Henbit

Scientific Name(s): Lamium amplexicaule and Lamium purpureum
Abundance: common
What: leaves, stem, and flowers
How: raw, cooked, or tea
Where: sunny yards, urban areas
When: late fall, winter (in Houston), spring
Nutritional Value: vitamins, iron, antioxidants

Henbit
Henbit1

Henbit

Single Henbit plant.
Henbit

Close-up of top portion of Henbit before flowers appear.
Henbit Seedling IGFB12

Close-up of top of Henbit when flowers are just beginning to appear.
Henbit

Close-up of Henbit flowers. They're really odd-looking.
Henbit

Closer close-up of Henbit flowers.
Henbit

Texas distribution, attributed to U. S. Department of Agriculture. The marked counties are guidelines only. Plants may appear in other counties, especially if used in landscaping.
HenbitTX

North American distribution, attributed to U. S. Department of Agriculture.
Henbit

Clumps of henbit begin showing up yards in mid-winter. Rarely standing over 10" tall, it's spindly form, odd-shaped leaves, and small, purple tubular flowers make it very noticeable against the brown, dead winter grass. Looking closely will reveal the oppositely-placed leaves and square, hollow stem of the mint family. It likes yards and other open, sunny areas where it can grow dense mats.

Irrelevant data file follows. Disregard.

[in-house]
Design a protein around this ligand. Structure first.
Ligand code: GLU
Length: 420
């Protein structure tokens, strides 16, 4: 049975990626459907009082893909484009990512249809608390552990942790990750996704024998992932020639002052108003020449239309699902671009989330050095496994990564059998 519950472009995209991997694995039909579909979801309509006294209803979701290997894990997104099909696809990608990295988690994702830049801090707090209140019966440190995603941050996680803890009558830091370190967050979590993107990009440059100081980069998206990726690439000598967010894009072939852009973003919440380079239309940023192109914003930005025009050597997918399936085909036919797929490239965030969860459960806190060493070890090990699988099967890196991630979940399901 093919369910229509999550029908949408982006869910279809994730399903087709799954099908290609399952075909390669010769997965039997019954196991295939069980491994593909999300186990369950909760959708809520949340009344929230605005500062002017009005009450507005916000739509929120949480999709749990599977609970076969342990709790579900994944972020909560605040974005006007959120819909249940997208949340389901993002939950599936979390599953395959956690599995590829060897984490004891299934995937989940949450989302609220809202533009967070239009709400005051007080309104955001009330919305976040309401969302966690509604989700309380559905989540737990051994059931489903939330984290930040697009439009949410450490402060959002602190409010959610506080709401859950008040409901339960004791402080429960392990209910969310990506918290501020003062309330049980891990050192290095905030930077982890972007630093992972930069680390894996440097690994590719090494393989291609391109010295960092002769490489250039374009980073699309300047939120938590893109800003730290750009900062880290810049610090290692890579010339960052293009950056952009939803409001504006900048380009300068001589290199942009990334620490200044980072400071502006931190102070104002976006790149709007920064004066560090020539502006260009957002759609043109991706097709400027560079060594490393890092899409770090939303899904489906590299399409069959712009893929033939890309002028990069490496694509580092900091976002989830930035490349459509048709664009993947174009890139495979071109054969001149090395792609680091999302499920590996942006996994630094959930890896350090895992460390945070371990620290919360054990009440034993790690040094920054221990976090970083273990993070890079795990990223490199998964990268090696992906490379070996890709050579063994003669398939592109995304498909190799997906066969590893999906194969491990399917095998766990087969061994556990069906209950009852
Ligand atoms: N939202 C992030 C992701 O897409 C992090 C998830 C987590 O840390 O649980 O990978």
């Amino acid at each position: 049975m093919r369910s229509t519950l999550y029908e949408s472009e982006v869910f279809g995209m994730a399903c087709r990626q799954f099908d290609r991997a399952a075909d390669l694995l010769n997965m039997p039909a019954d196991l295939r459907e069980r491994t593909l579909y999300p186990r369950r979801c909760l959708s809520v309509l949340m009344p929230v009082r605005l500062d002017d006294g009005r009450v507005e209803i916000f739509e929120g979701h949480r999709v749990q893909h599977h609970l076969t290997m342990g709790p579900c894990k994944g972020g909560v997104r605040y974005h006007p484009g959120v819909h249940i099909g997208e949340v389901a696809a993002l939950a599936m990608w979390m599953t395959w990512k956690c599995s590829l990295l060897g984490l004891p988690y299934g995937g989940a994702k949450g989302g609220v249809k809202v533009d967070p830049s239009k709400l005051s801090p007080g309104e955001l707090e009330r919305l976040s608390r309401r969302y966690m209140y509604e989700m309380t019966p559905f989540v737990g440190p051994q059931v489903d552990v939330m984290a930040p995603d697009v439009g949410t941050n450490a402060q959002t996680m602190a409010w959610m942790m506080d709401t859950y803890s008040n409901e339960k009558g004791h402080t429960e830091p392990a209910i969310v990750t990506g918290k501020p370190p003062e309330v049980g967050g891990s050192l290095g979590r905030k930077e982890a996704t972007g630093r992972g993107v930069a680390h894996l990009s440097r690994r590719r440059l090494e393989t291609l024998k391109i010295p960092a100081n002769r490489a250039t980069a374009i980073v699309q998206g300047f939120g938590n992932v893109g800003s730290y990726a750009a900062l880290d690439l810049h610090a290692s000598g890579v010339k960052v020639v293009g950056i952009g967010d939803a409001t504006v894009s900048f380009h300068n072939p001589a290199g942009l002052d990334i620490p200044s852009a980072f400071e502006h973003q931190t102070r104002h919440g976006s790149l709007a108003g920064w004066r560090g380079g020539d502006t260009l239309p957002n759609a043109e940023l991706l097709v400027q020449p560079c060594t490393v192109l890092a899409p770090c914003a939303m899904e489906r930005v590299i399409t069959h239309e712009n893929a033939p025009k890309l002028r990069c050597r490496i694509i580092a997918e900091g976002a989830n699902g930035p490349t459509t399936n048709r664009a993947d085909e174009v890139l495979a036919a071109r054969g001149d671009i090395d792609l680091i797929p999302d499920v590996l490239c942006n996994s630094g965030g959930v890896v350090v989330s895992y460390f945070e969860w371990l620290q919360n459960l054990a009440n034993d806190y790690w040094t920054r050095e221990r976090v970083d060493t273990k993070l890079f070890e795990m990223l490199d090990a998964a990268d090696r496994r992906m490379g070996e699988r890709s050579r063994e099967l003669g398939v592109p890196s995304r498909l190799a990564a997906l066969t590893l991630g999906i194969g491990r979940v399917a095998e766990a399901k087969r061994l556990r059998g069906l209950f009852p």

The whole plant is edible either raw or cooked though the stems can become stringy as the plant matures. It has a mild bitter/spinachy flavor. Chickens love this stuff so if you have backyard chickens start collecting Henbit from your neighbor's yard (after asking permission, of course). They'll love your chickens even more if you weed their yards.

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